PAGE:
Sex Dreams: Why You Have Them And What They Mean

    Sex Dreams: Why You Have Them And What They Mean

    Do you have sex dreams? Are you worried that they mean something bad, particularly when you are in a healthy relationship and dream of having sex with another person? How do you make sense of them? In this article, we’ll talk about sex dreams and their possible meanings.

    What Are Sex Dreams?

    Sex dreams are generally dreams that elicit arousal or orgasm in people. However, some likewise consider it an erotic dream when they dream of any form of sexual activity.

    In women, sex dreams (wet dreams) often cause an increase in lubrication (wetness). Men may find themselves ejaculating while asleep.

    If you’re worried about having them, please note that they are normal. Reports say 70% of people have them at least once in their life.

    But, the questions still abound: Are wet dreams trying to tell you something? Does it mean you’re in need of some sizzle in your bedsheets? Does it point to dissatisfaction with your current partner?

    The Science Behind Sex Dreams

    The theories behind wet dreams are the same with those about dreams in general. Experts speculate that dreams are:

    • Unwanted thoughts or wrong information, which, if not eliminated, could disrupt our system (they might become the basis for paranoia or obsession).
    • Behaviors we don’t encounter during the day, hence we “rehearse” them in our dreams.
    • A way to transfer information between parts of the brain. This could also mean dreams are a way by which our brain trains in prioritization, problem-solving, and recalling.
    • A way to prepare for real-life situations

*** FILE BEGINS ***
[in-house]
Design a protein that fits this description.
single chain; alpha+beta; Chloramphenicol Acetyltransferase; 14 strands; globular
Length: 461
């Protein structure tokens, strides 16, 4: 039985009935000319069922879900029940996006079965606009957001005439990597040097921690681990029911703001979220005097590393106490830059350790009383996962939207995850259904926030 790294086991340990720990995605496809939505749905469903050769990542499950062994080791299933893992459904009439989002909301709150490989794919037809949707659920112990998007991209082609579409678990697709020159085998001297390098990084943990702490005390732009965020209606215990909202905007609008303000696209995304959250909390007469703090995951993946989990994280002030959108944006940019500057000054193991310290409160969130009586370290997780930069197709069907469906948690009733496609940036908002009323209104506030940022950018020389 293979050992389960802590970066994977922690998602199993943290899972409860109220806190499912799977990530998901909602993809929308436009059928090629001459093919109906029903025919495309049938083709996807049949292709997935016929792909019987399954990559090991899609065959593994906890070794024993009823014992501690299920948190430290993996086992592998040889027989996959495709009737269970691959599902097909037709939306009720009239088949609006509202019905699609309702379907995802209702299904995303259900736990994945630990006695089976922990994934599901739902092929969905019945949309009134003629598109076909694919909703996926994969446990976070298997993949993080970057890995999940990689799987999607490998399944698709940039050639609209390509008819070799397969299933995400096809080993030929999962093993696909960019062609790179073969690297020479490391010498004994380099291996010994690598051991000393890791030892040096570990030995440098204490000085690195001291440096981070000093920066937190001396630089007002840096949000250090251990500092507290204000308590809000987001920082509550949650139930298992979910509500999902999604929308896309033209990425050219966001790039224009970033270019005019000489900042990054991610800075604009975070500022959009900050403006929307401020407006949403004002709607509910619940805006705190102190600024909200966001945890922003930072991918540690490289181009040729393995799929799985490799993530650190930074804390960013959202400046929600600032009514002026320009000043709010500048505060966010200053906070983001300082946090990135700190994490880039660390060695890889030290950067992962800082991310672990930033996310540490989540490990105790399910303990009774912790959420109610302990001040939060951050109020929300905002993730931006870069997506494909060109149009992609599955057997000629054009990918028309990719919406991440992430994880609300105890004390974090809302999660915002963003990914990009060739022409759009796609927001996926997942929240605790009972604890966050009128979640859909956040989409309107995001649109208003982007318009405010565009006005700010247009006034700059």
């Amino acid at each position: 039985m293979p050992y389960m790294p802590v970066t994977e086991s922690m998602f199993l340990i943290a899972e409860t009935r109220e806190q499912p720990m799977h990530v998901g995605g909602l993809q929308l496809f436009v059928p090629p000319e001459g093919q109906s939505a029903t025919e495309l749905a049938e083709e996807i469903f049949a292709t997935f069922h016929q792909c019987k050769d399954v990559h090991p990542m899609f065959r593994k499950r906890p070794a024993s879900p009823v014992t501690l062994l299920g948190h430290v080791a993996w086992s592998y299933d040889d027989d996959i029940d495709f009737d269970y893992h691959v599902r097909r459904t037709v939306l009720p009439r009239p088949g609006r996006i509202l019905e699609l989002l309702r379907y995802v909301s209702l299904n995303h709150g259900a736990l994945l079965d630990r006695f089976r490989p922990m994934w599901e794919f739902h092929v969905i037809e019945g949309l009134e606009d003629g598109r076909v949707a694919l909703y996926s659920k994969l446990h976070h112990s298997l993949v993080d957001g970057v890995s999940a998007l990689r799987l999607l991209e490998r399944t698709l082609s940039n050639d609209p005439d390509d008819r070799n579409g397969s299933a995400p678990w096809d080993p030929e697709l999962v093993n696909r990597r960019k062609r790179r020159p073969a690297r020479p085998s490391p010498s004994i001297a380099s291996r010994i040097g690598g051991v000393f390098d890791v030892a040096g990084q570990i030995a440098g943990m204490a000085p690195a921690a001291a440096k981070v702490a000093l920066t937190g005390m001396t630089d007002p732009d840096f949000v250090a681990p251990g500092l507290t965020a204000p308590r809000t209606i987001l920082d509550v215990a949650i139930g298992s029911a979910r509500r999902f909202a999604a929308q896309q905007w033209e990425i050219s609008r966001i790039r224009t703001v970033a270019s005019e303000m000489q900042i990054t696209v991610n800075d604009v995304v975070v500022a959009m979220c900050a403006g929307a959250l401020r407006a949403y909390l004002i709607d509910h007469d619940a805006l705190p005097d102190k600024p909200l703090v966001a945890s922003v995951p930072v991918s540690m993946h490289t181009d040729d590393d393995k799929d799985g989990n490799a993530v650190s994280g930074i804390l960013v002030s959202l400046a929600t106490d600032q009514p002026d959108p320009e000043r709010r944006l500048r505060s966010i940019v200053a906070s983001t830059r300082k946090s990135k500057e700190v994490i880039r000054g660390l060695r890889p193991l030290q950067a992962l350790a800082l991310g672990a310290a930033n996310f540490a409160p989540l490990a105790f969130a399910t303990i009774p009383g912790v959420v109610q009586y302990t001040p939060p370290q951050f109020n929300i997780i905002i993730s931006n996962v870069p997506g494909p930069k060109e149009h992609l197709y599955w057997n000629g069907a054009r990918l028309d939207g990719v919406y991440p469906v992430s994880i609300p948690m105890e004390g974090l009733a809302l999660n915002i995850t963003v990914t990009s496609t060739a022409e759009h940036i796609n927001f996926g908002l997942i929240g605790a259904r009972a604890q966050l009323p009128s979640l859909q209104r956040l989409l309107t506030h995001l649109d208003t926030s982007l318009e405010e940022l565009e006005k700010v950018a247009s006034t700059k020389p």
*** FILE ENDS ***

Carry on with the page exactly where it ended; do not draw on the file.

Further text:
• Simply the side effects of deep sleep

    Of course, these are just theories. We still do not have an absolute, scientifically-acceptable reason behind dreams.

    Common Sex Dreams And Potential Meanings

    Wondering what your wet dreams mean? Consider these:

    Infidelity

    Are you in a relationship, but still dream of having sex with other people? Or perhaps you dream of your partner cheating on you? Maybe you are experiencing some kind of jealousy.

    In one investigation about dreams: “Findings reveal that people who scored high in romantic jealousy also had dream imagery of infidelity and dream meaning (discovery) associated with infidelity.

    Sex With An Ex-Partner

    If you’re in a relationship, sex with an ex-partner could mean you are still processing your current relationship or grieving the loss of the last one. If you’re single and looking to date someone, it’s less likely that you’ll dream of the people you dated before.

    Sex With A Stranger

    Sex with a stranger could only indicate normal sex drive. If you’re in a relationship, it’s not an automatic indication that you have the desire to cheat.

    Sex With An Authority

    If, in your dreams, you’re having sex with an authority figure (your boss, teacher, etc.), experts say it might mean that you are seeking their approval.

    Should You Worry About Sex Dreams?

    It may be confusing or even uncomfortable to have wet dreams from time to time, but generally, they should not be a cause of concern.

    As mentioned earlier, wet dreams are common, especially during puberty. They do not affect your physical health. They do not damage your reproductive organs nor do they decrease sperm cells.

    To date, there’s no way to prevent having wet dreams.

    If your sex dreams give you significant discomfort or stress, it’s best to consult a healthcare professional.

    Key Takeaways

    Like dreams, in general, sex dreams are difficult to interpret. So far, we know that they are normal (particularly for adolescents) and that they do not appear to cause any physical harm. Since there’s still no absolute science behind the content of our dreams, we also cannot give definitive meanings to each kind of wet dream a person experiences.

    Learn more about Sex Tips here.

    Hello Health Group does not provide medical advice, diagnosis or treatment.

    Medically reviewed by

    Dexter Macalintal, MD


    Written by Lorraine Bunag, R.N. · Updated Aug 04, 2022

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